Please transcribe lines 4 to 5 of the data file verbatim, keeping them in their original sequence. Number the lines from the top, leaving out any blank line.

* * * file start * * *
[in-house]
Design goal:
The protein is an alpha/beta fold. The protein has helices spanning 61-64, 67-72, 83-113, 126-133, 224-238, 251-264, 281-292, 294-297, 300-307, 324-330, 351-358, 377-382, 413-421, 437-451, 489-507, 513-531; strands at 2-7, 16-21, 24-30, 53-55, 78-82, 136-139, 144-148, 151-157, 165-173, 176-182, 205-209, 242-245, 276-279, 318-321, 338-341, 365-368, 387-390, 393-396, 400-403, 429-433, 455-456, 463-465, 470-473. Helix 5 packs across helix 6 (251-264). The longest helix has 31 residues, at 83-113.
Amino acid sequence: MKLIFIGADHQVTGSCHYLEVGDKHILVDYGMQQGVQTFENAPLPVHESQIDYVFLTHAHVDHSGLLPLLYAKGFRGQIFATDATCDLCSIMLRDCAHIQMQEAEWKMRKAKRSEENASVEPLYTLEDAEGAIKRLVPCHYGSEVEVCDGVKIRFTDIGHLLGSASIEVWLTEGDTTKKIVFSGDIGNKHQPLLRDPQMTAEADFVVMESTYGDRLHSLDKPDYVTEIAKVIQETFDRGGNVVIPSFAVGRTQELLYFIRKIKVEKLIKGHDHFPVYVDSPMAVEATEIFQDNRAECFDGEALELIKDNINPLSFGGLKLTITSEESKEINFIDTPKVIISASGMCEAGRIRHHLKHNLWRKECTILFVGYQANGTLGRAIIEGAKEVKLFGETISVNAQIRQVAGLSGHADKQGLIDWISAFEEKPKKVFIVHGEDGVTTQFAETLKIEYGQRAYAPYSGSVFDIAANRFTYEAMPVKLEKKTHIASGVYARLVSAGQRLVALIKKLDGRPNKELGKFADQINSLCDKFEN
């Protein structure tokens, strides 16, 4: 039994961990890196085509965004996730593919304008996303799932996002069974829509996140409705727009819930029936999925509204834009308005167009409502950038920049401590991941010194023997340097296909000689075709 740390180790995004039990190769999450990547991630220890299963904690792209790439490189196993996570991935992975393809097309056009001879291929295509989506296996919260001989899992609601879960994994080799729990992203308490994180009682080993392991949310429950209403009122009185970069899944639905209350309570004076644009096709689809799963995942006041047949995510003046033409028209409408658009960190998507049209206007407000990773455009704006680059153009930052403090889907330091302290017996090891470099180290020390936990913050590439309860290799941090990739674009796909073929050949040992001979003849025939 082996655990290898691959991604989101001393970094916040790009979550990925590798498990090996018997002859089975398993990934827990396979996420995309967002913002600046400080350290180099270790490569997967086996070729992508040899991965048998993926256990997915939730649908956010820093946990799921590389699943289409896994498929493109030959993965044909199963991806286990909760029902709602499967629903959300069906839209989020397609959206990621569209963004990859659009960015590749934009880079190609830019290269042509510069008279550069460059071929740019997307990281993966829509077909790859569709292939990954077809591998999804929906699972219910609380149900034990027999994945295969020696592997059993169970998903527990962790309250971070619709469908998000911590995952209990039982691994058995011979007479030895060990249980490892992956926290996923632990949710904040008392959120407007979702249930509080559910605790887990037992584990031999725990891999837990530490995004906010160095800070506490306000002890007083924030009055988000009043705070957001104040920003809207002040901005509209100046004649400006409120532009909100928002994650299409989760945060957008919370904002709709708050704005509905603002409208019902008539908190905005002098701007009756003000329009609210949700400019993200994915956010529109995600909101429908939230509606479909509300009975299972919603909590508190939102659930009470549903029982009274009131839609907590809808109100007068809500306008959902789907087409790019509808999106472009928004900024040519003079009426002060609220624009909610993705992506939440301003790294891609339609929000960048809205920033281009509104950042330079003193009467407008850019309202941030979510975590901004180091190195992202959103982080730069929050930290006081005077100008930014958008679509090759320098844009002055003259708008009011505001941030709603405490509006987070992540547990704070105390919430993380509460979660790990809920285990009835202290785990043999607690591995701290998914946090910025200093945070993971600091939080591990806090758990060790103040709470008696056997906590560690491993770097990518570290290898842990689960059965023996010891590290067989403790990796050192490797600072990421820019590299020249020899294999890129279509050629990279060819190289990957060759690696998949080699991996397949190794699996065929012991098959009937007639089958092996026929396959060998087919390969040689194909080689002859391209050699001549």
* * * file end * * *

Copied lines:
Amino acid sequence: MKLIFIGADHQVTGSCHYLEVGDKHILVDYGMQQGVQTFENAPLPVHESQIDYVFLTHAHVDHSGLLPLLYAKGFRGQIFATDATCDLCSIMLRDCAHIQMQEAEWKMRKAKRSEENASVEPLYTLEDAEGAIKRLVPCHYGSEVEVCDGVKIRFTDIGHLLGSASIEVWLTEGDTTKKIVFSGDIGNKHQPLLRDPQMTAEADFVVMESTYGDRLHSLDKPDYVTEIAKVIQETFDRGGNVVIPSFAVGRTQELLYFIRKIKVEKLIKGHDHFPVYVDSPMAVEATEIFQDNRAECFDGEALELIKDNINPLSFGGLKLTITSEESKEINFIDTPKVIISASGMCEAGRIRHHLKHNLWRKECTILFVGYQANGTLGRAIIEGAKEVKLFGETISVNAQIRQVAGLSGHADKQGLIDWISAFEEKPKKVFIVHGEDGVTTQFAETLKIEYGQRAYAPYSGSVFDIAANRFTYEAMPVKLEKKTHIASGVYARLVSAGQRLVALIKKLDGRPNKELGKFADQINSLCDKFEN
């Protein structure tokens, strides 16, 4: 039994961990890196085509965004996730593919304008996303799932996002069974829509996140409705727009819930029936999925509204834009308005167009409502950038920049401590991941010194023997340097296909000689075709 740390180790995004039990190769999450990547991630220890299963904690792209790439490189196993996570991935992975393809097309056009001879291929295509989506296996919260001989899992609601879960994994080799729990992203308490994180009682080993392991949310429950209403009122009185970069899944639905209350309570004076644009096709689809799963995942006041047949995510003046033409028209409408658009960190998507049209206007407000990773455009704006680059153009930052403090889907330091302290017996090891470099180290020390936990913050590439309860290799941090990739674009796909073929050949040992001979003849025939 082996655990290898691959991604989101001393970094916040790009979550990925590798498990090996018997002859089975398993990934827990396979996420995309967002913002600046400080350290180099270790490569997967086996070729992508040899991965048998993926256990997915939730649908956010820093946990799921590389699943289409896994498929493109030959993965044909199963991806286990909760029902709602499967629903959300069906839209989020397609959206990621569209963004990859659009960015590749934009880079190609830019290269042509510069008279550069460059071929740019997307990281993966829509077909790859569709292939990954077809591998999804929906699972219910609380149900034990027999994945295969020696592997059993169970998903527990962790309250971070619709469908998000911590995952209990039982691994058995011979007479030895060990249980490892992956926290996923632990949710904040008392959120407007979702249930509080559910605790887990037992584990031999725990891999837990530490995004906010160095800070506490306000002890007083924030009055988000009043705070957001104040920003809207002040901005509209100046004649400006409120532009909100928002994650299409989760945060957008919370904002709709708050704005509905603002409208019902008539908190905005002098701007009756003000329009609210949700400019993200994915956010529109995600909101429908939230509606479909509300009975299972919603909590508190939102659930009470549903029982009274009131839609907590809808109100007068809500306008959902789907087409790019509808999106472009928004900024040519003079009426002060609220624009909610993705992506939440301003790294891609339609929000960048809205920033281009509104950042330079003193009467407008850019309202941030979510975590901004180091190195992202959103982080730069929050930290006081005077100008930014958008679509090759320098844009002055003259708008009011505001941030709603405490509006987070992540547990704070105390919430993380509460979660790990809920285990009835202290785990043999607690591995701290998914946090910025200093945070993971600091939080591990806090758990060790103040709470008696056997906590560690491993770097990518570290290898842990689960059965023996010891590290067989403790990796050192490797600072990421820019590299020249020899294999890129279509050629990279060819190289990957060759690696998949080699991996397949190794699996065929012991098959009937007639089958092996026929396959060998087919390969040689194909080689002859391209050699001549």